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  volume 1. issue two  
A collection of poetry
by Patricia Wellingham-Jones

from Mongolian Art Exhibit

I turn a corner, stunned now by faces / on the wall—masks of deities, shamans, / in papier-mâché, carved wood, stuffed skin. / Black brows pull down over glaring eyes, / red mouths stretch in snarls or gentle smiles. (more...)
Patricia Wellingham-Jones
Isabelle Ghaneh
Todd Heldt
Pamela Miller
Joan Dy
Lina ramona Vitkauskas
Michelle Bitting
Arthur Joyce
Adrienne Lewis
Anne Durant
Kathryn Ugoretz
Cheryl Stiles
Ellaraine Lockie
Arlene Ang
Ellen Wade Beals
JeFF Stumpo
Lita Sorensen
Andrena Zawinski
Rebecca Clark
Jim Coppoc
Carly Sachs
Siri Steiner
Theodore Worozbyt
Hal Ackerman
Gretchen Skillman
Shawn Sargent
Rebecca Harper
Concetta Ceriello
Patrick Tucker
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The Courtship
by Kathryn Ugoretz

Hot water fills
the sink. In the cupboard
there’s a small jar

of mushrooms, quiet
in brine
for that ghost

longing to be fed.
Why despise
the woman I was—the body

quickening not quite
her own? My daughter has started
to tell time, while I ache

for the crescent
moon, the last plate, washed
and dried.

What did I know then
of the nature of my own desires?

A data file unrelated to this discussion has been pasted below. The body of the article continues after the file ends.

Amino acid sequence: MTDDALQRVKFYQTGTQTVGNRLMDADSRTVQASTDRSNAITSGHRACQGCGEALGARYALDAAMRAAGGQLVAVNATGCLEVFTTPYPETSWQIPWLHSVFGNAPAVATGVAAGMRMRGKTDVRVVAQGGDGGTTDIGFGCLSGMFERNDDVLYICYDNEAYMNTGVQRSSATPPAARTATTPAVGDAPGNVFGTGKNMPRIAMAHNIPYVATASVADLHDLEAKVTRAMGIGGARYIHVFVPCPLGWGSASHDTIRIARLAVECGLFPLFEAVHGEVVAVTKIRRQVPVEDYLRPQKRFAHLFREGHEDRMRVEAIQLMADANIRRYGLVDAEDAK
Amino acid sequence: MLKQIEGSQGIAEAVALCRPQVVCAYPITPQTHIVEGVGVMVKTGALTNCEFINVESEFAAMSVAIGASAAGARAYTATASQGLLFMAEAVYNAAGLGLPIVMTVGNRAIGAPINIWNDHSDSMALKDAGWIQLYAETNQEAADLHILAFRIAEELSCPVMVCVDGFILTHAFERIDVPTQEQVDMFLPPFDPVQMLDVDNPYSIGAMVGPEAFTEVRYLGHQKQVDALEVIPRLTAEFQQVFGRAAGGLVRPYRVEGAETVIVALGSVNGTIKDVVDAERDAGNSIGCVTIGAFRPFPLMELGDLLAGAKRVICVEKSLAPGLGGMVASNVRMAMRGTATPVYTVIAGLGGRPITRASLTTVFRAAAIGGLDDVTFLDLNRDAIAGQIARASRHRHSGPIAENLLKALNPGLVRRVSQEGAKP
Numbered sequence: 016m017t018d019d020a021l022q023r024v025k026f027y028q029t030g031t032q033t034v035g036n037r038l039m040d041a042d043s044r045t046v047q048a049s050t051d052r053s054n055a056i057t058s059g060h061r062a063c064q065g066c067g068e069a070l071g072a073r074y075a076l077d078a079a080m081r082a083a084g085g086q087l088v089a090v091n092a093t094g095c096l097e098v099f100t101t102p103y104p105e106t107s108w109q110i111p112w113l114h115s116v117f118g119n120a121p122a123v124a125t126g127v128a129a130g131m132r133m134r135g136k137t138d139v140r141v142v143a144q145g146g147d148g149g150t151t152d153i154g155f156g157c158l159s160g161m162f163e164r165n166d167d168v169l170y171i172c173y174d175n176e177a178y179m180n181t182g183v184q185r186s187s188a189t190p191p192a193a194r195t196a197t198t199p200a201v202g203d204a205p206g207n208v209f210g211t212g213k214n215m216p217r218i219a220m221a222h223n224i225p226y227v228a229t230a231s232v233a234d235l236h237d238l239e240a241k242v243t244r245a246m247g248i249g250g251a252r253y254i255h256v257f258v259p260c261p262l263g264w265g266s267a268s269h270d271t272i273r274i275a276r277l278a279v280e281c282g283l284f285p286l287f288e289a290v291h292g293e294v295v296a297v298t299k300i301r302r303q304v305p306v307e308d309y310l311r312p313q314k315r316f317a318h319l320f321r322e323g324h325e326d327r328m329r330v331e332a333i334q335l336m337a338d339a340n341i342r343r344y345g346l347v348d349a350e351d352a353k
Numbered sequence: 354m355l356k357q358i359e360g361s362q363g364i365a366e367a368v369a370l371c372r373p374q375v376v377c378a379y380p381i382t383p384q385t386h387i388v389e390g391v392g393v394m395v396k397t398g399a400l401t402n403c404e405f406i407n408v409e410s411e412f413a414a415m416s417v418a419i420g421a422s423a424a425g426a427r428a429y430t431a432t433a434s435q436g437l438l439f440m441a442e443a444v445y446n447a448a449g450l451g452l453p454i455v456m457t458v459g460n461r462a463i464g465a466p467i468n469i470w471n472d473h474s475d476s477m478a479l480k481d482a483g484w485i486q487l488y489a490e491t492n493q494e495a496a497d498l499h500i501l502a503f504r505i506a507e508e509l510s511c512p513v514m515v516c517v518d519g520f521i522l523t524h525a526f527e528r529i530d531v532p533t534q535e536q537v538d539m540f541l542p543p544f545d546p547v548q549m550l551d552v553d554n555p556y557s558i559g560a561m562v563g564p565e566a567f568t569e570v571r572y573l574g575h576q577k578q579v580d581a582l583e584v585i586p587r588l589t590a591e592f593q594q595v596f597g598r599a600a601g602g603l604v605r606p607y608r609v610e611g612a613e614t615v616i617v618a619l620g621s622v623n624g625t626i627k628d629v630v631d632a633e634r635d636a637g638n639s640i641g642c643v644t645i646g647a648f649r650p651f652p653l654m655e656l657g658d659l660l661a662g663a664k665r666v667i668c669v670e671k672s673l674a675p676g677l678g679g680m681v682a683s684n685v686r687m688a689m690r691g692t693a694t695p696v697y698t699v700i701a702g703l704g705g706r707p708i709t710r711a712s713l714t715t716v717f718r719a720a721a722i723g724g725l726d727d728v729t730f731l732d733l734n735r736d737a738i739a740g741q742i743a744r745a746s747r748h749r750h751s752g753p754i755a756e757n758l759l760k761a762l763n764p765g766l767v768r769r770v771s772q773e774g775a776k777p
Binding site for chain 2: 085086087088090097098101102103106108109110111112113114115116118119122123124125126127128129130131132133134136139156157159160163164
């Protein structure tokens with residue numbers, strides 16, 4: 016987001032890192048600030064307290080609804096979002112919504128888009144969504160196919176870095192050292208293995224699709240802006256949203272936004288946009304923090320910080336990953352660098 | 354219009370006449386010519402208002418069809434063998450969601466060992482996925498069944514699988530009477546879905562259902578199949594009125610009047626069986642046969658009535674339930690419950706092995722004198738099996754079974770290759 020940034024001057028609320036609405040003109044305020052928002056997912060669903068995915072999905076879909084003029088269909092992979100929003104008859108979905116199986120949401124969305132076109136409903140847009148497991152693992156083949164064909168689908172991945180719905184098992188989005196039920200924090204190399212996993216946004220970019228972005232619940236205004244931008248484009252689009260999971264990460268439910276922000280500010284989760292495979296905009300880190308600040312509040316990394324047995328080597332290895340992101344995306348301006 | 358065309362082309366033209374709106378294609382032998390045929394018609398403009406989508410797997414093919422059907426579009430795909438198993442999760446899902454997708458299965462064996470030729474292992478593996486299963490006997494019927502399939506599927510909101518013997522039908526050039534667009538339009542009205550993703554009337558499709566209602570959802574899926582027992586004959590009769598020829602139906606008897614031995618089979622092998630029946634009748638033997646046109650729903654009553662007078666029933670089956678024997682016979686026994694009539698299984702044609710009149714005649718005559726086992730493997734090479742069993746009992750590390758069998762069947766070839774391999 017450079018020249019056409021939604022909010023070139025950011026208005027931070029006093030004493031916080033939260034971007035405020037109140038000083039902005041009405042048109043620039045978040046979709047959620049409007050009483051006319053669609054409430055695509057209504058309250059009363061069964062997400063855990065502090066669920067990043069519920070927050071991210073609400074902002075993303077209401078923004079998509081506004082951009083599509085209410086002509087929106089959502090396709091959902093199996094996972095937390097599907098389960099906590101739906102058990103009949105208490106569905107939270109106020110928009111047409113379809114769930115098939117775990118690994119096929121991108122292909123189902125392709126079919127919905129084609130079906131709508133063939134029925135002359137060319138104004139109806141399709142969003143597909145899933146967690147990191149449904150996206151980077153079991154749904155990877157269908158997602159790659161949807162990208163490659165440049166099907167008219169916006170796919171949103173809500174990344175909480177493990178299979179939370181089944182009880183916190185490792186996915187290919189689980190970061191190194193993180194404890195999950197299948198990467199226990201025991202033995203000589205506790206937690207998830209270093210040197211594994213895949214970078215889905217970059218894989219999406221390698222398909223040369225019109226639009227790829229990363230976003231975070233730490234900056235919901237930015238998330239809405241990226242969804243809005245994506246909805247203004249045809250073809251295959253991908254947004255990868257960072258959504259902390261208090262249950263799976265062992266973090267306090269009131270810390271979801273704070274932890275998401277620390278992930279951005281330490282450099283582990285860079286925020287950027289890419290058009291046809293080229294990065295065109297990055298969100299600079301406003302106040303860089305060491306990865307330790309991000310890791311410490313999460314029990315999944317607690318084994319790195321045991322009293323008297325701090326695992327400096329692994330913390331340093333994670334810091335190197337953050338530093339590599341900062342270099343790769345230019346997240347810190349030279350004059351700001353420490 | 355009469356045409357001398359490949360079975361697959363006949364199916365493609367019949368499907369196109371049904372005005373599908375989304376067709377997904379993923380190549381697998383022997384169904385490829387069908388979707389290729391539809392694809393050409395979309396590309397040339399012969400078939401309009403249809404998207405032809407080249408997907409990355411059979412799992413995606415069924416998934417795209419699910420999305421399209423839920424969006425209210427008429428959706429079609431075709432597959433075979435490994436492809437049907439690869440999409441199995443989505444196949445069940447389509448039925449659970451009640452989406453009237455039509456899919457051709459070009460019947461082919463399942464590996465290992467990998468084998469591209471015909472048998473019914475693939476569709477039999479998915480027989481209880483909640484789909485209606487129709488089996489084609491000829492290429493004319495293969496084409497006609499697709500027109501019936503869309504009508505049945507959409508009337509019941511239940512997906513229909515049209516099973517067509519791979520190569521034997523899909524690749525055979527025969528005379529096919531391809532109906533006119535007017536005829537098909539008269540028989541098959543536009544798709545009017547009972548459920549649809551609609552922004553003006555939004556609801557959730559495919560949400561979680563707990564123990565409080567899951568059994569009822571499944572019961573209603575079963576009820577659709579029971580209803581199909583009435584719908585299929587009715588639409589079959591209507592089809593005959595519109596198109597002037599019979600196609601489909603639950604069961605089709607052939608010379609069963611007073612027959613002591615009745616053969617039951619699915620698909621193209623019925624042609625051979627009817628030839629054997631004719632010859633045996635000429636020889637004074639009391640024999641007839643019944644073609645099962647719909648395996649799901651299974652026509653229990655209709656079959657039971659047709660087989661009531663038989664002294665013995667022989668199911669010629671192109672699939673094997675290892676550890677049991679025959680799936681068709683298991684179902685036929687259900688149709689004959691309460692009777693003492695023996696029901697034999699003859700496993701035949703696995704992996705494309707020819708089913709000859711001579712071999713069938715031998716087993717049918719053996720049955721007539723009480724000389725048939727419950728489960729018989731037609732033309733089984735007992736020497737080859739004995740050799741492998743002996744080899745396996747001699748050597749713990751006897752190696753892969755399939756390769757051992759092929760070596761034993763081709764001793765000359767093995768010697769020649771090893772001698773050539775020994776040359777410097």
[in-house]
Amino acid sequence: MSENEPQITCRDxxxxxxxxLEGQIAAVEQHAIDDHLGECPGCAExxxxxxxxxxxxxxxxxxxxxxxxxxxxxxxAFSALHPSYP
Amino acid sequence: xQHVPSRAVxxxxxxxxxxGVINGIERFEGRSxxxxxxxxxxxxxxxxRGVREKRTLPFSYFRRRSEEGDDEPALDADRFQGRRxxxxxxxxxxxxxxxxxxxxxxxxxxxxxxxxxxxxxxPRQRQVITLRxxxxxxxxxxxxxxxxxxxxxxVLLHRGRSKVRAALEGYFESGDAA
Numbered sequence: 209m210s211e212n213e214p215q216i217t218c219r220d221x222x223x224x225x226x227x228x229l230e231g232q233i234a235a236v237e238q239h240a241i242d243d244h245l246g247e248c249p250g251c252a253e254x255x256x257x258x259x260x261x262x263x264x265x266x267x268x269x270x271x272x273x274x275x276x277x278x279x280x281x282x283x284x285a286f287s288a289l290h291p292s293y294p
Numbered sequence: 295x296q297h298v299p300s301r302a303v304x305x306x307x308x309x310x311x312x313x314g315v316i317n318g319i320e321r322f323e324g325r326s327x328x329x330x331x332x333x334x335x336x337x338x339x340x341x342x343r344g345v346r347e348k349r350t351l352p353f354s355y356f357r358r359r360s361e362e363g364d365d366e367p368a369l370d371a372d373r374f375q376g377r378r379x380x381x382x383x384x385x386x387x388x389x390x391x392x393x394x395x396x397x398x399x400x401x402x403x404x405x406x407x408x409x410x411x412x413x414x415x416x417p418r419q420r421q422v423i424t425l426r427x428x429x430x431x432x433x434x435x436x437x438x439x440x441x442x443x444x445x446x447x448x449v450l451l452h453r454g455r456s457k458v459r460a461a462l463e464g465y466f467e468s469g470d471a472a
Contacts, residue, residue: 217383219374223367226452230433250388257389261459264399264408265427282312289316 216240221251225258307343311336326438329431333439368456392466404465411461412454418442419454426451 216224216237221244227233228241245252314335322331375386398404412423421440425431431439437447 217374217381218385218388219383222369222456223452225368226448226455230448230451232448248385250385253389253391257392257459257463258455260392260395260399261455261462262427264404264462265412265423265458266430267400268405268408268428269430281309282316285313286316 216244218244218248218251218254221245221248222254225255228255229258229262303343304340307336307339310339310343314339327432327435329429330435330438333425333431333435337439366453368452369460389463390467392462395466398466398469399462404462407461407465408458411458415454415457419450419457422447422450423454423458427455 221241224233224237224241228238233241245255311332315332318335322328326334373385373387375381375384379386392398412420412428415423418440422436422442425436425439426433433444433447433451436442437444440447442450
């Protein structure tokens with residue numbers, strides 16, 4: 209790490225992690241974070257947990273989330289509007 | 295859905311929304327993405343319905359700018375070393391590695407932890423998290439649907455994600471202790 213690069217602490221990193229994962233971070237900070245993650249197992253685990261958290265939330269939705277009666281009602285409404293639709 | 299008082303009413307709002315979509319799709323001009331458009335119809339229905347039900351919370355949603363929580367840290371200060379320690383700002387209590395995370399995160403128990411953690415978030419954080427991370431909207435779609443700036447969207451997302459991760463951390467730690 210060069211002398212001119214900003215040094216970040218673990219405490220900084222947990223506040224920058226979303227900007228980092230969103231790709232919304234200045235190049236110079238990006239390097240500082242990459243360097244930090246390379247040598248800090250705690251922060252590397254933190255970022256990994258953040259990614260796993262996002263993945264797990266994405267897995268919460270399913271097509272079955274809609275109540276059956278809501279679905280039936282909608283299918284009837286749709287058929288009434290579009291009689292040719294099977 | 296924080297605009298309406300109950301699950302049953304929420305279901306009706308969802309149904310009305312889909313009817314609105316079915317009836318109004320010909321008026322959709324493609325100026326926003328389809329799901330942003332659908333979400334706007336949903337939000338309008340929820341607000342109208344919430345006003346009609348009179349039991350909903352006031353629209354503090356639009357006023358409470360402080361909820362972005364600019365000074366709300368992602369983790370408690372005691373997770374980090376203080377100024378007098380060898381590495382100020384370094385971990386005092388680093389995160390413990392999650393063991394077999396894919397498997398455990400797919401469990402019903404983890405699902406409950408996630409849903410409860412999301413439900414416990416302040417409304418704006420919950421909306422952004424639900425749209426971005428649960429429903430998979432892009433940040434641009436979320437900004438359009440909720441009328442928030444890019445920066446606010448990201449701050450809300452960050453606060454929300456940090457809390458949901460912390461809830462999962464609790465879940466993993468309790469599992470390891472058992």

He said he wanted to open me up
and watch my heart beat. I despised
my innocence, his blind
hunger for it. My sacrum pressing

towards the table’s edge—
his passion forming me
into the sublime.
I named it love, that longing

to descend as he practiced a shocked
pleasure    the blade    the burn
of him as my eyes grazed
spines on his shelves

    Kant    Rilke    Heidigger
my body tied to the table.
When he    the first    entered, I imagined
a balloon leaving the green earth

and loathed my mind for the cliché.
I had fondled the thought
of him—older, wiser—his adoration
a strange cocktail,

until it became ordinary—act
of sacrifice, rage knotting
my wrists, stainless steel
testing skin, the cellar’s boxes

draped with dark
cloth, exposed
pipes channeling a damp
pulse. I resented his handwriting fixed

in margins, sentences marked
with blue ink. Curled in his arms
near firelight, I said I wanted
to go home. To be forgiven.

He angered the body
to him    spread and bent forth

to a snarling you bitch
you owe me this:

My mind shifted through stone
passages    left the body

against the table and hurried
into the cedars. I slept near

a row of mushrooms breaking
the green floor.


I cannot wait until he’s dead
to find a way back to rue
St Louis
, the oak that shades

the creperie, its raised roots
cradling a British cannonball.
It was summer. I was a student

in a walled city. A French
braid     a peach dress    the world
an apricot in an open

hand. Our empty
plates smeared
with sauce,

he spoke of 18th century
while I pocketed

an acorn. It lives
in a shoebox
with old letters, scraps

of lace, desire
for warm bread. The night
will dry the dishtowel, the sliced

moon agree:
it is so difficult
to distinguish passion from despair.

Kathryn Ugoretz's work is published in Madison Review (winner of the Phyllis Smart Young Poetry Prize), Blue Mesa Review, Sonora Review and forthcoming in Bellingham Review. She also received second honorable mention from the Dana Awards and was a “Discovery”/The Nation Award semi-finalist.
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